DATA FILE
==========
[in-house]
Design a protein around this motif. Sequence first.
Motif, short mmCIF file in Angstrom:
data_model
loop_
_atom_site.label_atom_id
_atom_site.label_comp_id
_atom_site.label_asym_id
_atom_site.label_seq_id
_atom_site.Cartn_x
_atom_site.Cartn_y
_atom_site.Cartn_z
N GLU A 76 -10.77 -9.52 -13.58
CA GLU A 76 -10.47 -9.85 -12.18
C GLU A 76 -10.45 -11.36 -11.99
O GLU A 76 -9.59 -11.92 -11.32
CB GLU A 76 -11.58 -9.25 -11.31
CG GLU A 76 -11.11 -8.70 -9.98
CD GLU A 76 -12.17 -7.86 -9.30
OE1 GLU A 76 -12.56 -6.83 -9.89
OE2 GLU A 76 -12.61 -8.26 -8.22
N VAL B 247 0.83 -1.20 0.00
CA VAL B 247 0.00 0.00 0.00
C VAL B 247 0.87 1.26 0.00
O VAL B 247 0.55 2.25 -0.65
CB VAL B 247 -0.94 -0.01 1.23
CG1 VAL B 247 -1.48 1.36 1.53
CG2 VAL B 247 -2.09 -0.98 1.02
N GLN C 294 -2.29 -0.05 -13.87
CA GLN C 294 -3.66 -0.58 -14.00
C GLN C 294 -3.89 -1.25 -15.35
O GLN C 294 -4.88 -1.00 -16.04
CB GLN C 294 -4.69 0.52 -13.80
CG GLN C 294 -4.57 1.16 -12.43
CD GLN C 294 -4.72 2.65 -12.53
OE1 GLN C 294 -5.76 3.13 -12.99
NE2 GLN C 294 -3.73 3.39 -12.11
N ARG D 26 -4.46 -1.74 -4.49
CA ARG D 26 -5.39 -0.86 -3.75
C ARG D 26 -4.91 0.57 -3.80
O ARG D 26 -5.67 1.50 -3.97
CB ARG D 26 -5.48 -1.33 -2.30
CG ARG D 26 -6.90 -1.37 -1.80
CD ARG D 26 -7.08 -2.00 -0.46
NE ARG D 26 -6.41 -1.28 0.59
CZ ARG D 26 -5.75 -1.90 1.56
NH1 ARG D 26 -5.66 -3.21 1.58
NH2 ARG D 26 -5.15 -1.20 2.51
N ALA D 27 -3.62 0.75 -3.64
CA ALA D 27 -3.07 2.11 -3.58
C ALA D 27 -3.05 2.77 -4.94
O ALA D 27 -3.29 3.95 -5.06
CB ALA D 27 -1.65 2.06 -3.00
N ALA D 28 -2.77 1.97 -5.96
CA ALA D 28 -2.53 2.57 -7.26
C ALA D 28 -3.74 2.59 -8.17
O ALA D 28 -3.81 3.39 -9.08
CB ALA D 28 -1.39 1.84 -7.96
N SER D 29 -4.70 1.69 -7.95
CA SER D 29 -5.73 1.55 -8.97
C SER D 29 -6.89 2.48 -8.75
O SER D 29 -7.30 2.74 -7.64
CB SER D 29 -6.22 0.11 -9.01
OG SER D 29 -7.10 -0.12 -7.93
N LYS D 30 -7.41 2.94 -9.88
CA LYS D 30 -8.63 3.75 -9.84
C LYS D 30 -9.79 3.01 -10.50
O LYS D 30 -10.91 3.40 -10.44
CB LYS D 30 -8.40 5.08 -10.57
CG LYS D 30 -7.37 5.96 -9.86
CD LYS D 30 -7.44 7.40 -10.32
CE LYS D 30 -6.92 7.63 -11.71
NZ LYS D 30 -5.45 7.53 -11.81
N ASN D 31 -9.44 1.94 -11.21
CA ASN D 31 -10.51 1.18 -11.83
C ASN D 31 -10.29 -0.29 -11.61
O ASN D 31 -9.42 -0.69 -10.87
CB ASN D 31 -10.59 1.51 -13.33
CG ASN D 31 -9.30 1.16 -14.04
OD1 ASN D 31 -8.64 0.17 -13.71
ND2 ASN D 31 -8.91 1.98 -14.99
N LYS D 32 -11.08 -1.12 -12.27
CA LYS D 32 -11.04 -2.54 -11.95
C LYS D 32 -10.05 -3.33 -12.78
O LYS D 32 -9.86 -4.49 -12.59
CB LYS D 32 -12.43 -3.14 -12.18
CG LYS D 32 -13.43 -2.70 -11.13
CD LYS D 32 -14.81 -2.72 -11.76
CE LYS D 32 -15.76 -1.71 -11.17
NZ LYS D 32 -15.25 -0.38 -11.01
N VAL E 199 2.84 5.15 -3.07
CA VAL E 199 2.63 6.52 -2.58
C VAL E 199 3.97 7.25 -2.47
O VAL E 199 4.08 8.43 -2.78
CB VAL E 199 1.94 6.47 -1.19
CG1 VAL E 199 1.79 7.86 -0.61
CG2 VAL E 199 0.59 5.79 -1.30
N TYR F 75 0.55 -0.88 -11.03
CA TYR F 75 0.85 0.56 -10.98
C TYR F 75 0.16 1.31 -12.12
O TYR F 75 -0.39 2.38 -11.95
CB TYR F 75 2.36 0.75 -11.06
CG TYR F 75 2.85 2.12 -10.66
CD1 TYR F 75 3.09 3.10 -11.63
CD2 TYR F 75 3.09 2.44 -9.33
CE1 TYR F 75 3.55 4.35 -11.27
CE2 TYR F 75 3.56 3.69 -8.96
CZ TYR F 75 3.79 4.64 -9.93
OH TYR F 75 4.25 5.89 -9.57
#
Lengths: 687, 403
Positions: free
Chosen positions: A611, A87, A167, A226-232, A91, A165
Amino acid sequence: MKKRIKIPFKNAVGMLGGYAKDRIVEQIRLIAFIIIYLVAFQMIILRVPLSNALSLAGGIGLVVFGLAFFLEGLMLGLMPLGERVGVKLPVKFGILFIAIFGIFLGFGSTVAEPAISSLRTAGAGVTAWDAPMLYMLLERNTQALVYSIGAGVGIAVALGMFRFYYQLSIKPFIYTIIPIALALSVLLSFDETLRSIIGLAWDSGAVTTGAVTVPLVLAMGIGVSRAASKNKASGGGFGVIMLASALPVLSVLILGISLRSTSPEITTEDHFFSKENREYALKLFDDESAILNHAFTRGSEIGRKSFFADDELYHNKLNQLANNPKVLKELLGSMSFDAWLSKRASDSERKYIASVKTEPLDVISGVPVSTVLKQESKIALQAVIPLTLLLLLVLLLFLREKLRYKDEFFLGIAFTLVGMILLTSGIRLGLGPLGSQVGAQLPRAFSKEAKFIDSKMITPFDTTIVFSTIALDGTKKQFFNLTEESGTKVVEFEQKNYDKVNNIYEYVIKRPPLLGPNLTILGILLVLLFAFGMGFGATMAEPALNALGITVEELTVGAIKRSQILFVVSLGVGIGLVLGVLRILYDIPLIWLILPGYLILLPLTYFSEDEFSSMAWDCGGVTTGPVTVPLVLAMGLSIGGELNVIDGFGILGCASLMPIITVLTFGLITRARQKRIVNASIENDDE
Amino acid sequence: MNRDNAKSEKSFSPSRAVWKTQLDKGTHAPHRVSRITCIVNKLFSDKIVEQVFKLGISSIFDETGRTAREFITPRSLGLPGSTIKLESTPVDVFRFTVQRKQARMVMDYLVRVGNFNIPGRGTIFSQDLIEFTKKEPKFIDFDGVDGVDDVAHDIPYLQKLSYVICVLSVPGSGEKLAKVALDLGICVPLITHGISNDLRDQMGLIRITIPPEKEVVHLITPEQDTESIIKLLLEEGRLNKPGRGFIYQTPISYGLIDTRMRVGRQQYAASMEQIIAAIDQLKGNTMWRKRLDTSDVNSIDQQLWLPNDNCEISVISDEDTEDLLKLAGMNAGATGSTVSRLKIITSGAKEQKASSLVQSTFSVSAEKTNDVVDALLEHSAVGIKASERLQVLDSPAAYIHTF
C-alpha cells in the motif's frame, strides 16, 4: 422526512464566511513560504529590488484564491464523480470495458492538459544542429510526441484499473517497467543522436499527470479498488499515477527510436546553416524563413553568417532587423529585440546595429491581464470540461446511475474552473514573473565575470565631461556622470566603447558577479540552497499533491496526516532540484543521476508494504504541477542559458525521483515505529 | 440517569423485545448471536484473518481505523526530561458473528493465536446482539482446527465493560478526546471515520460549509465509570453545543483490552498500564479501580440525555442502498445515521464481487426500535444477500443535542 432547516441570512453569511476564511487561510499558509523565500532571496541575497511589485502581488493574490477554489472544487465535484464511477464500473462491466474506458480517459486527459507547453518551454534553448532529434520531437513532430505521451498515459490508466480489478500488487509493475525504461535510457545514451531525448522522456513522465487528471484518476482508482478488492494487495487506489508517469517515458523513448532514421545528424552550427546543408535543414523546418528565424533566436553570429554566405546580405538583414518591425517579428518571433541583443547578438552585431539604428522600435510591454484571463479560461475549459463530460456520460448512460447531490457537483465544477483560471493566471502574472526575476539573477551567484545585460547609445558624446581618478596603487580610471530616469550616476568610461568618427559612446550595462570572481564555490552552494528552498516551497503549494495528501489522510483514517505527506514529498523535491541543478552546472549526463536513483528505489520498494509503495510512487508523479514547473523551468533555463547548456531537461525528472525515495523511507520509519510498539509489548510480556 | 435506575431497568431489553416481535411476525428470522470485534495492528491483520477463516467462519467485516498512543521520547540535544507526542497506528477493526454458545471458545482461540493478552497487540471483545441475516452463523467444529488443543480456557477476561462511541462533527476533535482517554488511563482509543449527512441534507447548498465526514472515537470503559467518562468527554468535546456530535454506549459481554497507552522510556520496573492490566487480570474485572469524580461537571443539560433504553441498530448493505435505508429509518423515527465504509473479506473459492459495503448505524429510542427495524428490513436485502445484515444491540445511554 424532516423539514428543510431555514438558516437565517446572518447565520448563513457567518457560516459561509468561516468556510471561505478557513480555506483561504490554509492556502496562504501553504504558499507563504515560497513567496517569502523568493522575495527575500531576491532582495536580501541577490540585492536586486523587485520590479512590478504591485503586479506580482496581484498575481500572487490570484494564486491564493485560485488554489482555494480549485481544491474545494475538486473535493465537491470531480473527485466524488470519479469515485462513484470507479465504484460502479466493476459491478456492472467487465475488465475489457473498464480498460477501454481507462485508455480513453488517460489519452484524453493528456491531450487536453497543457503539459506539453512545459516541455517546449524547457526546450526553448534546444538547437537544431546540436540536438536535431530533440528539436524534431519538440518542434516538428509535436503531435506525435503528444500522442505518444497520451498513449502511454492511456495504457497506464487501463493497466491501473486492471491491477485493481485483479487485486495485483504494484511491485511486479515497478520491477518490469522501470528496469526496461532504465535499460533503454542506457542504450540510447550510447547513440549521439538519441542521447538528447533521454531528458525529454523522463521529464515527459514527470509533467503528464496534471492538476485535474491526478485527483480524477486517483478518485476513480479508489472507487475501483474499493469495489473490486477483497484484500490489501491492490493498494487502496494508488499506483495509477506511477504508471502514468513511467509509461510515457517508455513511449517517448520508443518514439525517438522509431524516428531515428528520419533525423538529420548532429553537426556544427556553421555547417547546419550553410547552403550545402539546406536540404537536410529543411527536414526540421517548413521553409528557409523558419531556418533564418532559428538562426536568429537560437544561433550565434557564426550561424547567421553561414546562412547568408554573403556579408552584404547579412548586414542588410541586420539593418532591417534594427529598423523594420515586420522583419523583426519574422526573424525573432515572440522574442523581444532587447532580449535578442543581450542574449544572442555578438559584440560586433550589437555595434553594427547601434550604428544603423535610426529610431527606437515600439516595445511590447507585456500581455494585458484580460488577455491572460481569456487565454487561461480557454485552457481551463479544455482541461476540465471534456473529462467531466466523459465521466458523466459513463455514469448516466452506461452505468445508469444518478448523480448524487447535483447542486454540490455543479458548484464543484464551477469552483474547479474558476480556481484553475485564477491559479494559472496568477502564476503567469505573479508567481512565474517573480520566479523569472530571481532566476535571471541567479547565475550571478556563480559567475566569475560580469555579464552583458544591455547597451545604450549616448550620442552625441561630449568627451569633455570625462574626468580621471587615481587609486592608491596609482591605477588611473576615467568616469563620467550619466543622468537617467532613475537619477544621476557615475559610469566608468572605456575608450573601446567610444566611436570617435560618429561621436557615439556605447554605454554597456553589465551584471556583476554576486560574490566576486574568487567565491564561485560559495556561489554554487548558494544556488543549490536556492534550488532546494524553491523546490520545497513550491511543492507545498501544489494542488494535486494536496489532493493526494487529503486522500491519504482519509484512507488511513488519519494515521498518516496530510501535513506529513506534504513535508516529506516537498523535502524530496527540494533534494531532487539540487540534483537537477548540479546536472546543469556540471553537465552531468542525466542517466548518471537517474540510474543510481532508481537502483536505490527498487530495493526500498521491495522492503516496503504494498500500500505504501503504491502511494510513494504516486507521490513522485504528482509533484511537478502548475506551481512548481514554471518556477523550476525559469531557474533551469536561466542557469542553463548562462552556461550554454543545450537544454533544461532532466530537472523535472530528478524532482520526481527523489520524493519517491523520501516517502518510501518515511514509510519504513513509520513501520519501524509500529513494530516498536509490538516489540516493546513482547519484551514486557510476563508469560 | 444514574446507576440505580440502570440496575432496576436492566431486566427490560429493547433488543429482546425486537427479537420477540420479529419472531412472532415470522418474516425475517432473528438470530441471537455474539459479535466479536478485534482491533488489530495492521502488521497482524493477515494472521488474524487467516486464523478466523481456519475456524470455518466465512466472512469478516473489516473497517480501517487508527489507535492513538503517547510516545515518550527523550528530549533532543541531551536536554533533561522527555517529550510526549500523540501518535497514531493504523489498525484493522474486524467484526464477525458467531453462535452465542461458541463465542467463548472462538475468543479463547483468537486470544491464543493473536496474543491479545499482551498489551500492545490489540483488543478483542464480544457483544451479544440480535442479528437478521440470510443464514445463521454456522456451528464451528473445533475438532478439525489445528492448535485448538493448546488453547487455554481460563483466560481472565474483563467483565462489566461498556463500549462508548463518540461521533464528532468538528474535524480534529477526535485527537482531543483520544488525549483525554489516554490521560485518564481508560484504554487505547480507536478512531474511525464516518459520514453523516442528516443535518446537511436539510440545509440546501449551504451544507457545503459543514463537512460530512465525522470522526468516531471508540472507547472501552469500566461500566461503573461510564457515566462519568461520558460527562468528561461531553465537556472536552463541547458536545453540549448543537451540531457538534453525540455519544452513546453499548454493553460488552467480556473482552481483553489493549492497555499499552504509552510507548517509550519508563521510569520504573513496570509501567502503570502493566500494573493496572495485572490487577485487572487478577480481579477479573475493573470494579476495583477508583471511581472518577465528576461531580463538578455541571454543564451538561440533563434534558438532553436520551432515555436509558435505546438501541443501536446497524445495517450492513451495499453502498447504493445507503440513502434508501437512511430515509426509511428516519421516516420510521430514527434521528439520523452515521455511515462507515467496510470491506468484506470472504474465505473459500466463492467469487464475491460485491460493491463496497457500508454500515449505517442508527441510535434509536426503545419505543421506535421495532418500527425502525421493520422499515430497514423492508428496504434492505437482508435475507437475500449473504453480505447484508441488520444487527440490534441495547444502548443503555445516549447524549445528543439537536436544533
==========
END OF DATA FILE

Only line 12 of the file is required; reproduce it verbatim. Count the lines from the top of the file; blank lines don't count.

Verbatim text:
_atom_site.Cartn_z